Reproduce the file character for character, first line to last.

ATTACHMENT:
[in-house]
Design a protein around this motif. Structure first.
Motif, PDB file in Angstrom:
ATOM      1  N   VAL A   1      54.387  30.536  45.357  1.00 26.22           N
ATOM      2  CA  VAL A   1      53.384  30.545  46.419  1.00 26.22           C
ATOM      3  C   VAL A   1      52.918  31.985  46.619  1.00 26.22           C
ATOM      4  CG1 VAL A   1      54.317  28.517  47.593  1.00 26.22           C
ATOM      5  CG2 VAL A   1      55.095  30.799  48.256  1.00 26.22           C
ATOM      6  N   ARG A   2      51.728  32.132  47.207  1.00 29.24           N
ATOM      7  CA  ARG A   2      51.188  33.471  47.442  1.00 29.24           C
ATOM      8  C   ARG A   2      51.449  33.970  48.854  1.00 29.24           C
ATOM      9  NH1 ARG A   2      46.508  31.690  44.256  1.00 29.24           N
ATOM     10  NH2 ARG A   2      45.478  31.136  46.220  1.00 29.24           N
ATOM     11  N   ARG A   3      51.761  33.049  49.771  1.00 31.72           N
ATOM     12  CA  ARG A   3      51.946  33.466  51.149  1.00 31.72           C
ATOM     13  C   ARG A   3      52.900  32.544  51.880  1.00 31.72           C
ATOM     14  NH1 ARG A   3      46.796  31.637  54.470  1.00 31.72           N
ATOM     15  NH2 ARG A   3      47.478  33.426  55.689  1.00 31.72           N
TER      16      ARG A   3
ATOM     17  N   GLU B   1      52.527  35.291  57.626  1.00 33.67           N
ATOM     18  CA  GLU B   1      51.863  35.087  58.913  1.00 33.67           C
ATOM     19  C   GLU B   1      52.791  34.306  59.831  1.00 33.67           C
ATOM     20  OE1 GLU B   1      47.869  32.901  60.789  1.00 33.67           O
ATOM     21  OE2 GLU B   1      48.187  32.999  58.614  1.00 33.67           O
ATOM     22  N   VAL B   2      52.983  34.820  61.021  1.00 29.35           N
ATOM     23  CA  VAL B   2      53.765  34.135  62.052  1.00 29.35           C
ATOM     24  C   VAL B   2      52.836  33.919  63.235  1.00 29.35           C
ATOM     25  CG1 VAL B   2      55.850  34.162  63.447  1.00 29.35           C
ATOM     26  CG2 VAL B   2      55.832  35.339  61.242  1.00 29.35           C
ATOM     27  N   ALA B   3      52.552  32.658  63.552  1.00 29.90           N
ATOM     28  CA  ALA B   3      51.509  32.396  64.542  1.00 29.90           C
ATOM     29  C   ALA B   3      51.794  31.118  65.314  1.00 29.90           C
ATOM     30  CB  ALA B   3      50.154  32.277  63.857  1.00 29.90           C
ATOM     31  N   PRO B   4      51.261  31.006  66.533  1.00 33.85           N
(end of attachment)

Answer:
[in-house]
Design a protein around this motif. Structure first.
Motif, PDB file in Angstrom:
ATOM      1  N   VAL A   1      54.387  30.536  45.357  1.00 26.22           N
ATOM      2  CA  VAL A   1      53.384  30.545  46.419  1.00 26.22           C
ATOM      3  C   VAL A   1      52.918  31.985  46.619  1.00 26.22           C
ATOM      4  CG1 VAL A   1      54.317  28.517  47.593  1.00 26.22           C
ATOM      5  CG2 VAL A   1      55.095  30.799  48.256  1.00 26.22           C
ATOM      6  N   ARG A   2      51.728  32.132  47.207  1.00 29.24           N
ATOM      7  CA  ARG A   2      51.188  33.471  47.442  1.00 29.24           C
ATOM      8  C   ARG A   2      51.449  33.970  48.854  1.00 29.24           C
ATOM      9  NH1 ARG A   2      46.508  31.690  44.256  1.00 29.24           N
ATOM     10  NH2 ARG A   2      45.478  31.136  46.220  1.00 29.24           N
ATOM     11  N   ARG A   3      51.761  33.049  49.771  1.00 31.72           N
ATOM     12  CA  ARG A   3      51.946  33.466  51.149  1.00 31.72           C
ATOM     13  C   ARG A   3      52.900  32.544  51.880  1.00 31.72           C
ATOM     14  NH1 ARG A   3      46.796  31.637  54.470  1.00 31.72           N
ATOM     15  NH2 ARG A   3      47.478  33.426  55.689  1.00 31.72           N
TER      16      ARG A   3
ATOM     17  N   GLU B   1      52.527  35.291  57.626  1.00 33.67           N
ATOM     18  CA  GLU B   1      51.863  35.087  58.913  1.00 33.67           C
ATOM     19  C   GLU B   1      52.791  34.306  59.831  1.00 33.67           C
ATOM     20  OE1 GLU B   1      47.869  32.901  60.789  1.00 33.67           O
ATOM     21  OE2 GLU B   1      48.187  32.999  58.614  1.00 33.67           O
ATOM     22  N   VAL B   2      52.983  34.820  61.021  1.00 29.35           N
ATOM     23  CA  VAL B   2      53.765  34.135  62.052  1.00 29.35           C
ATOM     24  C   VAL B   2      52.836  33.919  63.235  1.00 29.35           C
ATOM     25  CG1 VAL B   2      55.850  34.162  63.447  1.00 29.35           C
ATOM     26  CG2 VAL B   2      55.832  35.339  61.242  1.00 29.35           C
ATOM     27  N   ALA B   3      52.552  32.658  63.552  1.00 29.90           N
ATOM     28  CA  ALA B   3      51.509  32.396  64.542  1.00 29.90           C
ATOM     29  C   ALA B   3      51.794  31.118  65.314  1.00 29.90           C
ATOM     30  CB  ALA B   3      50.154  32.277  63.857  1.00 29.90           C
ATOM     31  N   PRO B   4      51.261  31.006  66.533  1.00 33.85           N